Poirot's explanation solves the case to the satisfaction of Carla and, most importantly, her fiancé. But, as Elsa forces him to admit, it cannot be proven. Poirot states that, although his chances of getting a conviction are slim, he does not intend to simply leave her to her rich, privileged life. Privately, however, she confides the full measure of her defeat. Caroline, having earned redemption, went uncomplainingly to prison, where she died soon after. Elsa has always felt that the husband and wife escaped together, and her own life has been empty since. The last paragraph of the novel underlines this defeat; "The chauffeur held open the door of the car. Lady Dittisham got in and the chauffeur wrapped the fur rug around her knees."


The "Five Little Pigs":

Literary significance and reception

Maurice Willson Disher's review in The Times Literary Supplement of 16 January 1943 concluded, "No crime enthusiast will object that the story of how the painter died has to be told many times, for this, even if it creates an interest which is more problem than plot, demonstrates the author's uncanny skill. The answer to the riddle is brilliant."[3]

Maurice Richardson was pleased to see the return of Poirot to Christie's works when he reviewed the novel in the 10 January 1943 issue of The Observer. He concluded, "Despite only five suspects, Mrs. Christie, as usual, puts a ring through the reader's nose and leads him to one of her smashing last-minute showdowns. This is well up to the standard of her middle Poirot period. No more need be said."[4]

J.D. Beresford in The Guardian's 20 January 1943 review, wrote: "...Christie never fails us, and her Five Little Pigs presents a very pretty problem for the ingenious reader". He concluded that the clue as to who had committed the crime was "completely satisfying".[5]

Robert Barnard: "The-murder-in-the-past plot on its first and best appearance – accept no later substitutes. Presentation more intricate than usual, characterization more subtle."[6] All in all, it is a beautifully tailored book, rich and satisfying. The present writer would be willing to chance his arm and say that this is the best Christie of all."[6]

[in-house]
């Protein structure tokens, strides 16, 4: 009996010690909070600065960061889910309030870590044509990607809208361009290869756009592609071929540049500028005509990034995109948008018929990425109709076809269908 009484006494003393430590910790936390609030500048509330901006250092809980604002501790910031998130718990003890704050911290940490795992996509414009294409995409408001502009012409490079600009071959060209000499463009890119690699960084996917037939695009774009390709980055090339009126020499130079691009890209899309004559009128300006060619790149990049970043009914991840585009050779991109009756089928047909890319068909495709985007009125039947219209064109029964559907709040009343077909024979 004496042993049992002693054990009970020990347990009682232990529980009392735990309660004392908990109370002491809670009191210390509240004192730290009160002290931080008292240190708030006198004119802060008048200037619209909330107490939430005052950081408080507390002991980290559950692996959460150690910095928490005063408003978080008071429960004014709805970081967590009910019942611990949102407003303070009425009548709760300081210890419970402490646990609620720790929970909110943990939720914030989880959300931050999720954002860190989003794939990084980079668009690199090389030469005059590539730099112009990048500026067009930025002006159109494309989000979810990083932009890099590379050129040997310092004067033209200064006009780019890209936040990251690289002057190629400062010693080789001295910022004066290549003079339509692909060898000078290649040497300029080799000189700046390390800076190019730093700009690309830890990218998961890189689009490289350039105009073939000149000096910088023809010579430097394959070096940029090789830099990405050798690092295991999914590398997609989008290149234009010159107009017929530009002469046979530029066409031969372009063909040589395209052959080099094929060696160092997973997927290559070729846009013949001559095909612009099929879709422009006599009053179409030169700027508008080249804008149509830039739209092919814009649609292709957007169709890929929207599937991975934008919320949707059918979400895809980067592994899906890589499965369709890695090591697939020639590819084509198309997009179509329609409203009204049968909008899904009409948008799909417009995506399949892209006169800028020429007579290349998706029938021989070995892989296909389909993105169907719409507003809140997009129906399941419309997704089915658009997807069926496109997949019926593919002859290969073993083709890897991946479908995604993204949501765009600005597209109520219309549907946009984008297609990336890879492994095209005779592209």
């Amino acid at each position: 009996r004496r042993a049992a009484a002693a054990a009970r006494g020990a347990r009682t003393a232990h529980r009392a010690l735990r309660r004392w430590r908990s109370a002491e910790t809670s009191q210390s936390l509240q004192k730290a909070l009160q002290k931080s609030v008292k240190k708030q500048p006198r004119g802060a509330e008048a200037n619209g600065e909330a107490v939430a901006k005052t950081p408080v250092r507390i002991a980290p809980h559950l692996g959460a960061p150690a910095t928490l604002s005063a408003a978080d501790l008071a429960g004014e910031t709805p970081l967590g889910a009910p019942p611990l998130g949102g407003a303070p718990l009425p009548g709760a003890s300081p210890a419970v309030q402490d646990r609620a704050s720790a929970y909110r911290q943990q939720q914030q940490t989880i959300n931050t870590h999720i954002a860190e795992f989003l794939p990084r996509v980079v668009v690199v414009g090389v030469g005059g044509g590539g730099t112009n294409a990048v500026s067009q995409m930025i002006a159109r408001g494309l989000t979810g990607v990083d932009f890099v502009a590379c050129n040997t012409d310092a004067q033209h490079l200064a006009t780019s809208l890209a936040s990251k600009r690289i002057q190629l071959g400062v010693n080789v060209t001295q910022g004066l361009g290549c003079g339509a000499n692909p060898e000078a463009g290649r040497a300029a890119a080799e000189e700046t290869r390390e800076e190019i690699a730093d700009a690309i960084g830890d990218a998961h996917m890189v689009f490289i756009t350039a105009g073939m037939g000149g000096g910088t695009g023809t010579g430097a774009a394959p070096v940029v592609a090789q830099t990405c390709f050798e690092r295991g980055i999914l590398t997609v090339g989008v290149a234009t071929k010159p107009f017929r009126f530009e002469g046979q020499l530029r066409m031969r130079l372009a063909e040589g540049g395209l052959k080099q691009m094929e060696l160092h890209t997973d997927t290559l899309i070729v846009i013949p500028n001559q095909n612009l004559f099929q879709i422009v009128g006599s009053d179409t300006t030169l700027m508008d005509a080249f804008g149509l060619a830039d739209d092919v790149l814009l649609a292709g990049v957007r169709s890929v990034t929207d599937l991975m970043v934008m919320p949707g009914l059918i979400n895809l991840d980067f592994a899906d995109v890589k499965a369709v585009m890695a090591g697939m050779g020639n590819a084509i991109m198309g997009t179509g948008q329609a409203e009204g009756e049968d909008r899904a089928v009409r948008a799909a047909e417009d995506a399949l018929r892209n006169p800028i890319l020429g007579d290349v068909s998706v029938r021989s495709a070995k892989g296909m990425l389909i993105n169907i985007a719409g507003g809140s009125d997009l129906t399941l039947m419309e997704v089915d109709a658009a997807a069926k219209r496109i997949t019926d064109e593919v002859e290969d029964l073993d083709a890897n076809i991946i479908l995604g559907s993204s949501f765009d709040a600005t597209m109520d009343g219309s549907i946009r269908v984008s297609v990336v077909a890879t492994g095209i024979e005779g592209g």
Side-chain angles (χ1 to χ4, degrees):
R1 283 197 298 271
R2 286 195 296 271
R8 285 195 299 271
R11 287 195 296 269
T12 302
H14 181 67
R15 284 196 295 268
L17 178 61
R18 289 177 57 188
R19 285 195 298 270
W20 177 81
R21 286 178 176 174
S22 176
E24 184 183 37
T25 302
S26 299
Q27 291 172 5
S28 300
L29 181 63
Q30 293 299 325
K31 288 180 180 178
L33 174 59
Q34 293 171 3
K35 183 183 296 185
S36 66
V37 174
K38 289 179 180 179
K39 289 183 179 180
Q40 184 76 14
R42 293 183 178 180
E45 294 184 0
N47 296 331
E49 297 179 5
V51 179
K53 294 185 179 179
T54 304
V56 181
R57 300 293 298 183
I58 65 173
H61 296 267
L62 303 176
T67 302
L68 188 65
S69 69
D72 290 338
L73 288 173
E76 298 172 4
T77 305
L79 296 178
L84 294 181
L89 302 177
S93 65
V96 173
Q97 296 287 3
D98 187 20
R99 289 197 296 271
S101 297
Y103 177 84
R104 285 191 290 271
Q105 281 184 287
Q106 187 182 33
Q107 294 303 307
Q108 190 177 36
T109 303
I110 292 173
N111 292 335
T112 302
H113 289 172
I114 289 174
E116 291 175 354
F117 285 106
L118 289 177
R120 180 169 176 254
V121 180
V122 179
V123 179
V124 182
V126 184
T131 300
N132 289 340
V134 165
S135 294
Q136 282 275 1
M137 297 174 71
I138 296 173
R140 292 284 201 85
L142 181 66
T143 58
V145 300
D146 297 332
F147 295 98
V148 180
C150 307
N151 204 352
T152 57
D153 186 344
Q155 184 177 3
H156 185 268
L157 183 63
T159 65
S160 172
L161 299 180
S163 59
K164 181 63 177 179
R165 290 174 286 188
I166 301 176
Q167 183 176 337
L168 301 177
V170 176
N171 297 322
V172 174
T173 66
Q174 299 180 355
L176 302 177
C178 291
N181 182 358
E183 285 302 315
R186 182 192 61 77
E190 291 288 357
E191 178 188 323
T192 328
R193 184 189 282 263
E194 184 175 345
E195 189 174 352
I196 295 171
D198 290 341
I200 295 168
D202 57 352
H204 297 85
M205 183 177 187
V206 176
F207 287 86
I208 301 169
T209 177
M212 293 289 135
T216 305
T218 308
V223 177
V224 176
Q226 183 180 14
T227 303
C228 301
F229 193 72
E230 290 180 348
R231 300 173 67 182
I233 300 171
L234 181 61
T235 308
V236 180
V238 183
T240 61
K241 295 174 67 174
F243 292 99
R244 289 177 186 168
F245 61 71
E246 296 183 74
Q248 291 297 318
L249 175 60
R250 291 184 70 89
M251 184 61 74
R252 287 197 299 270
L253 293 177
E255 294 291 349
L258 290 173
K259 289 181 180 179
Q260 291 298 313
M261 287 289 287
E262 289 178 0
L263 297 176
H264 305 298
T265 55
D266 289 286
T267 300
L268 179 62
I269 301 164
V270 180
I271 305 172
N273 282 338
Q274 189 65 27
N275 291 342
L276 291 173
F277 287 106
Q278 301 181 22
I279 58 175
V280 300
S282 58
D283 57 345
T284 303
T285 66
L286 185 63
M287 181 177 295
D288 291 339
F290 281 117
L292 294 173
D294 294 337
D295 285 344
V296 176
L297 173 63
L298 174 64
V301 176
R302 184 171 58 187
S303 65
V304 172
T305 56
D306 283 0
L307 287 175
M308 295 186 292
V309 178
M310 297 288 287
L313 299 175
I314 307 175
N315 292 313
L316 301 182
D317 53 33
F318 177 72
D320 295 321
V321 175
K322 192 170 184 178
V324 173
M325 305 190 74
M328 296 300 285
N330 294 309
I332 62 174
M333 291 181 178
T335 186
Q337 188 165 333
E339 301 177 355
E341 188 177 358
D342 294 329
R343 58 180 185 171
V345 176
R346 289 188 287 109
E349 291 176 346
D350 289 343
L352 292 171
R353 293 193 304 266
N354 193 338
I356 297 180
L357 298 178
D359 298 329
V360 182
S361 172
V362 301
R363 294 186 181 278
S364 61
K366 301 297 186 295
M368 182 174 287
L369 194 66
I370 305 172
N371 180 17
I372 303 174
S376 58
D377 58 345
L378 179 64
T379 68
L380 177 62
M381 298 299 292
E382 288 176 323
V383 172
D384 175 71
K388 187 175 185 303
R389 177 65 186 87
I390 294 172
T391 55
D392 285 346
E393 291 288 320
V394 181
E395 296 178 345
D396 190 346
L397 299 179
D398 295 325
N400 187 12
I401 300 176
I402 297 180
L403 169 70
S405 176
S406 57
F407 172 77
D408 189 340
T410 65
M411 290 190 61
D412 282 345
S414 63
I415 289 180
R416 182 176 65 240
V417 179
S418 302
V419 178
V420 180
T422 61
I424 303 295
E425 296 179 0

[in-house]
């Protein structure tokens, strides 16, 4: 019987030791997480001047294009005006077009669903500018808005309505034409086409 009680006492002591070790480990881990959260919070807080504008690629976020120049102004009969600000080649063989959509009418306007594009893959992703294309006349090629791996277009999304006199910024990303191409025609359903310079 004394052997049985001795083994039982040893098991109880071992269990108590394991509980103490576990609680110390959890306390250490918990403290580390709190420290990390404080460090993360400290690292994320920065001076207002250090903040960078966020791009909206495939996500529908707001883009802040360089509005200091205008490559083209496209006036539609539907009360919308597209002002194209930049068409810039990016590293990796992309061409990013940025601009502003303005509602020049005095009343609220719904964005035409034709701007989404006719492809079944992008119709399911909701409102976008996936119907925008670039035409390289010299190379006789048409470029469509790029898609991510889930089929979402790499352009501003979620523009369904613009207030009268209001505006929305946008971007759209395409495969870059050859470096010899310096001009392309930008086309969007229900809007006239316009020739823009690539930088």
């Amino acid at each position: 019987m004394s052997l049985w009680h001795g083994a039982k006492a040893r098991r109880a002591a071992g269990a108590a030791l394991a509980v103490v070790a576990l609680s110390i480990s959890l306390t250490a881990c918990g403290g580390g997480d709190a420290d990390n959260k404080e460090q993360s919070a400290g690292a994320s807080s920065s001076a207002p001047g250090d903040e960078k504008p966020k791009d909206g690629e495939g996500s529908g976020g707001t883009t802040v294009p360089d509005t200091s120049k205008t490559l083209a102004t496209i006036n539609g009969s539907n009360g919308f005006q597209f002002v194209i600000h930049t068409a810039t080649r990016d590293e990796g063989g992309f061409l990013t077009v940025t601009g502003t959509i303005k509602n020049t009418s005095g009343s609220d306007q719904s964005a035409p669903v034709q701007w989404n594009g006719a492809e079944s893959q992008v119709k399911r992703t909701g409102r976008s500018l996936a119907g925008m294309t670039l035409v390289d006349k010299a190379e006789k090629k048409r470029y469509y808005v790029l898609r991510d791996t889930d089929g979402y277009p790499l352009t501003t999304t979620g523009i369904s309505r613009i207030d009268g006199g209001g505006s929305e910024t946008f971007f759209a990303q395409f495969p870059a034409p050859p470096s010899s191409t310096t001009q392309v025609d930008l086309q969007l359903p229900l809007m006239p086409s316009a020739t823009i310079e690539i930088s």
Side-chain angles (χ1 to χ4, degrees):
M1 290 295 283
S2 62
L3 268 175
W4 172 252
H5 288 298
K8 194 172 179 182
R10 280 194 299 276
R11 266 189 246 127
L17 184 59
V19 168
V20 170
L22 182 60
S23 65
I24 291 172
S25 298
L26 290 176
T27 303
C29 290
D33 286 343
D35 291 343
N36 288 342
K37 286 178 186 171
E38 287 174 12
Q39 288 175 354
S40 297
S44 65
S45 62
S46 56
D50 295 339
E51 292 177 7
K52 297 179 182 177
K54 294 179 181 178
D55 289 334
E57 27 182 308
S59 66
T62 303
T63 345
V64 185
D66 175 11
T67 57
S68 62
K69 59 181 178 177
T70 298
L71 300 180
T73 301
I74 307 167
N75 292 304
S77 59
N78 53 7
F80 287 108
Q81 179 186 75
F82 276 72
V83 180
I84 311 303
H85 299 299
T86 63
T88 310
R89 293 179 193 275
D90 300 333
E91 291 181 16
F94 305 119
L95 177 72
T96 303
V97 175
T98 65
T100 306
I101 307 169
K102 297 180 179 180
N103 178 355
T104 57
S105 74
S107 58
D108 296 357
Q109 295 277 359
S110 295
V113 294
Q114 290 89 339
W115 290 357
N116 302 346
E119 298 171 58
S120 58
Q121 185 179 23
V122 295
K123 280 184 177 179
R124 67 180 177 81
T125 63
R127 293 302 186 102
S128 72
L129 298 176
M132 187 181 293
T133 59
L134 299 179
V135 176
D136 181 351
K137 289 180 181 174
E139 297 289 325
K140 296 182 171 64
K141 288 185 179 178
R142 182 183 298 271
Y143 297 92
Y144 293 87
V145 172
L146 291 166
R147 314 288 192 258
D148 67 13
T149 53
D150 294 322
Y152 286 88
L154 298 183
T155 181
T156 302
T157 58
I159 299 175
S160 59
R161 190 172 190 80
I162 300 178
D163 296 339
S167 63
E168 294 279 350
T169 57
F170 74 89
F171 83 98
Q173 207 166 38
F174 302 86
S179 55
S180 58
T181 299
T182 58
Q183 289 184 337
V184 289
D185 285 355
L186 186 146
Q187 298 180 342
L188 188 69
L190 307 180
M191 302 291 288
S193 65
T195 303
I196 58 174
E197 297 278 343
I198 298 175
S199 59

Charles Osborne: "The solution of the mystery in Five Little Pigs is not only immediately convincing but satisfying as well, and even moving in its inevitability and its bleakness."[7]

References and allusions

Like One, Two, Buckle My Shoe before it and Hickory Dickory Dock after it, the novel is named after a nursery rhyme, usually referred to as This Little Piggy, that is used by Poirot to organise his thoughts regarding the investigation.

Hercule Poirot mentions the celebrated case of Hawley Harvey Crippen as an example of a crime reinterpreted to satisfy the public enthusiasm for psychology.

Romeo and Juliet are a constant theme in the book, starting with Jonathan reading from the play "If that thy bent of love...".

Jonathan also quotes from The Death of Chatterton, by William Holman Hunt: "Rose white youth, passionate, pale".

Coniine (in the story, specifically coniine hydrobomide, derived from the poison Hemlock) was indeed the poison with which Socrates took his own life, as described by Phaedo, and has indeed been used to treat whooping cough and asthma.[8] The "poisons act" referred to is the Pharmacy and Poisons Act 1933, and "Schedule 1" is part 1 of the associated Poisons List. Christie's professional background in poisons often shows in her works.